In one embodiment the cross-section of each panel includes two lower side portions and a higher middle portion. In one embodiment using these panels, the panels are arranged so that one side portion of a first panel is adjacent to the middle portion of a second panel. One side portion of the second panel is adjacent the middle portion of a third panel etc. In this embodiment each panel is arranged in a sliding relationship with the adjacent panels.

In another embodiment the panels are arranged in a symmetrical pattern with the axis of symmetry running between the centre of the front of the garment and the centre of the back of the garment. In this embodiment a centre panel with higher middle portion and lower side portions is situated between a first left side panel and a first right side panel. Both the first left side panel and the first right side panel have one side adjacent the middle portion of the centre panel. A second left side panel has one side adjacent the middle of the first left side panel. A second right side panel has one side adjacent the middle of the first right side panels etc. In this embodiment each panel is arranged in a sliding relationship with the adjacent panels.

In another embodiment the cross-section of each panel extends between a first side and a second side and includes an upper and lower middle portion. In this embodiment the panels are arranged so that the lower middle portion of a first panel is adjacent a first side portion of a second panel. The second side portion of the first panel is adjacent to the upper middle portion of the second panel. The lower middle portion of the second panel is adjacent to the first side portion of a third panel and the second side portion of the second panel is adjacent to the upper middle portion of the third panel. Each adjacent portion of each panel is arranged in a sliding relationship with the other adjacent portions.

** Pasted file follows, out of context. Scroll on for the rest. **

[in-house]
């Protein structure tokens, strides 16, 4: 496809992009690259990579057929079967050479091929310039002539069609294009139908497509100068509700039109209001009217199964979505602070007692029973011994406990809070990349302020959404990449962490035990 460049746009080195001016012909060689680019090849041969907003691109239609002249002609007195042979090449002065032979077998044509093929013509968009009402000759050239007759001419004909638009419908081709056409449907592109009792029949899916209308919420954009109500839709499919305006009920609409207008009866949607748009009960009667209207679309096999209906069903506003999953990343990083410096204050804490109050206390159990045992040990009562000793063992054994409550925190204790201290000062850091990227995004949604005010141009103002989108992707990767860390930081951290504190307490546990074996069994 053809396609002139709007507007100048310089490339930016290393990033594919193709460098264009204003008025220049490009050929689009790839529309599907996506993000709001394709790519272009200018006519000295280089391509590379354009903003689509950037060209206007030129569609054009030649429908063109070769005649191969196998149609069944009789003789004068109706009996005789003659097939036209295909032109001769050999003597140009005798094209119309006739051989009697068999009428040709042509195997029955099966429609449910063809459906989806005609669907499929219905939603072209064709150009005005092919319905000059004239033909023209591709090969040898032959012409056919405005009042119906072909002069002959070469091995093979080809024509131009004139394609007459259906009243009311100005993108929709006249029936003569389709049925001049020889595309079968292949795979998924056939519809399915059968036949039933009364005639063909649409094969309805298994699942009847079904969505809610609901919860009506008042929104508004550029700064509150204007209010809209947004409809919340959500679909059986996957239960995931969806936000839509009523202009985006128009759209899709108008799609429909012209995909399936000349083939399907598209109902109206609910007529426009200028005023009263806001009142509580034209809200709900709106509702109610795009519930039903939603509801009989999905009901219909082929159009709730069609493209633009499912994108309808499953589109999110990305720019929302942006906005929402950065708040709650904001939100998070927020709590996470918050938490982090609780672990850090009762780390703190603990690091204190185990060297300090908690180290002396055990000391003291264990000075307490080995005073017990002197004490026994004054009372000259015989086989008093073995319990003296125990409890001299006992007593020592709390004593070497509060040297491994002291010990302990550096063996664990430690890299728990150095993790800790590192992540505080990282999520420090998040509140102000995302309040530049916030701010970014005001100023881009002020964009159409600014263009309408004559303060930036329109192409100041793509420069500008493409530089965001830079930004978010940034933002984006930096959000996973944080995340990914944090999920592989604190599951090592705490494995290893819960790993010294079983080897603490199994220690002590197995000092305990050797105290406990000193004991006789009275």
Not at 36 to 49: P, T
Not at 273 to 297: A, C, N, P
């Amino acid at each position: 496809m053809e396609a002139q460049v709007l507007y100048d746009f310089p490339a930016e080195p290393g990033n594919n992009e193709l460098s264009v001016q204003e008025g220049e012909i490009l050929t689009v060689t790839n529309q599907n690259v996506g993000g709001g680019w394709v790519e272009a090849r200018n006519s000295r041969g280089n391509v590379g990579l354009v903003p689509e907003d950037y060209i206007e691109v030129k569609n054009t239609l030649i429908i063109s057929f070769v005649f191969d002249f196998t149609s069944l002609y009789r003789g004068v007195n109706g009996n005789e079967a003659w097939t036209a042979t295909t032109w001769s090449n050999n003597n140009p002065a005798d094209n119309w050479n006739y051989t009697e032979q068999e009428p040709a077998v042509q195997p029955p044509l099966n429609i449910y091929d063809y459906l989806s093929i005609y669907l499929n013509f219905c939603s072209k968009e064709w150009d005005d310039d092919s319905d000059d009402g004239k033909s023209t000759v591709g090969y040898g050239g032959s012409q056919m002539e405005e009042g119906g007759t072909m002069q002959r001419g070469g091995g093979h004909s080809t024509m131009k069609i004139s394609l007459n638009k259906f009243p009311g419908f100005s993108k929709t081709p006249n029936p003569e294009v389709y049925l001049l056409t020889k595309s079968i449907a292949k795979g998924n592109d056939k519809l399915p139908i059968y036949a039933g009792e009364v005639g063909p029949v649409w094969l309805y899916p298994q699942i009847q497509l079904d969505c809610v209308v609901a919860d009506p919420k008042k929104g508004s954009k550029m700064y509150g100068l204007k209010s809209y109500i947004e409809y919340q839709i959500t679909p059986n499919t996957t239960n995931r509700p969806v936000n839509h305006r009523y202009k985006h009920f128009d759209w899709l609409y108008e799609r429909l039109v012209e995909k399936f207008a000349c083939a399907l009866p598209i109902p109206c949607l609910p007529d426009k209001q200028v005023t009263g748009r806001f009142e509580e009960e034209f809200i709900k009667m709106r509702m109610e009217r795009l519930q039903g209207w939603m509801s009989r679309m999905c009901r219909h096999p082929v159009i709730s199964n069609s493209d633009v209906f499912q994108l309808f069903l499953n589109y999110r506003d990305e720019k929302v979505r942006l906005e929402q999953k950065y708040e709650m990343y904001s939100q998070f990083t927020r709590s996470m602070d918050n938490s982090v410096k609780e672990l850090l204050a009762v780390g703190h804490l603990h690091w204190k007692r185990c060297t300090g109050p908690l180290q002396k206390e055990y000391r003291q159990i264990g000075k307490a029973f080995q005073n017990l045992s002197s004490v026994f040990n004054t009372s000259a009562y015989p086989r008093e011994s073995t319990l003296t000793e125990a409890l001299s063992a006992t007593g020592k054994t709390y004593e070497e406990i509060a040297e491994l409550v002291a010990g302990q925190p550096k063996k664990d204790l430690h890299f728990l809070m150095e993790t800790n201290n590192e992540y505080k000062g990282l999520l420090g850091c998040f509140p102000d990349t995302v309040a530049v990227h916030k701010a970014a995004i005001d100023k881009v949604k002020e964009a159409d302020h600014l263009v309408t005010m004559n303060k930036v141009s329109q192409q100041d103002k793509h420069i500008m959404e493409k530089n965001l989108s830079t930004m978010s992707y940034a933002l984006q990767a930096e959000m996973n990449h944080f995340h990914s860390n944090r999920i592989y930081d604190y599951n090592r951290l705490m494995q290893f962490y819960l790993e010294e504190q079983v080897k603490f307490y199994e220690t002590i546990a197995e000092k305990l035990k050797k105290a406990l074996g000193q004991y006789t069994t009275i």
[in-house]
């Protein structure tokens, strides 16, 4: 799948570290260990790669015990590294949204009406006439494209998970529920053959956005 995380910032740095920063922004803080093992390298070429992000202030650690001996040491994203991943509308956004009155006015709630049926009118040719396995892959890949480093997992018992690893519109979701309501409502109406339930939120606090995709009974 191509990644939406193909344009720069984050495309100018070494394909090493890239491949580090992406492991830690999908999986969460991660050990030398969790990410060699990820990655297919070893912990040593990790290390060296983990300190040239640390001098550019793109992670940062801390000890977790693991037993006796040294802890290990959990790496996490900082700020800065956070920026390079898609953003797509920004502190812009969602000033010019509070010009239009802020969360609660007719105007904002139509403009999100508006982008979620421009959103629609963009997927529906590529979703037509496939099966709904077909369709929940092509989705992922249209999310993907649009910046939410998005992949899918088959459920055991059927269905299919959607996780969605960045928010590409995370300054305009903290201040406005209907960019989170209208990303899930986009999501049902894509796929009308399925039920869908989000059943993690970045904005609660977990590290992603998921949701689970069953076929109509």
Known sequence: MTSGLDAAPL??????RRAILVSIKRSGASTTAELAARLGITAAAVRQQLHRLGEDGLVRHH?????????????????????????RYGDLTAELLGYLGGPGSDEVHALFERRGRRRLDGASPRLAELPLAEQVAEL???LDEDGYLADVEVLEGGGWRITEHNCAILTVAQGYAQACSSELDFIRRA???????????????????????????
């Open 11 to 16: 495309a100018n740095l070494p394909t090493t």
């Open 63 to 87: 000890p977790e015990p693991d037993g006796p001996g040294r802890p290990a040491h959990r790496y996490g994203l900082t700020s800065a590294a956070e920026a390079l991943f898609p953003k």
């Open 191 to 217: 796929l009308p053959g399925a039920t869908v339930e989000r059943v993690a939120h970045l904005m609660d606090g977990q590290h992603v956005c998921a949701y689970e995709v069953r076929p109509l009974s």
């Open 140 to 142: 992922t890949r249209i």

The panels may be arranged in a sliding relationship using a rivet and slot system. In this system at each point where panels are adjacent at least one panel is provided with a slot and the panels are riveted with the rivet arranged to slide along the slot and allowing a sliding relationship between adjacent panels.

Preferably the panels are arranged to form rows across the garment with each panel in the row housed in a channel or connected to the adjacent panel(s) by a suitable sliding connection means. The garment may be provided with more than one row of panels where panels form columns in each channel. The garment may also be provided with overlap between the panels in each channel, i.e. there may be overlap between the panels in each channel.

In one embodiment the panels are formed from resilient deformable material. Ideally the panels are formed from material that deforms upon impact but regains its shape after impact. Preferably in this embodiment the panels are formed from plastics. Ideally the panels are formed from PVC and/or laminates.

In another embodiment the panels may be formed from a more rigid material such as metal. In this embodiment after a panel has received an impact of greater than a predetermined force it may permanently deform and may need to be replaced.

In one embodiment the garment may further be provided with perforations to allow air to flow through the garment to a wearer. In other embodiments no perforations are provided.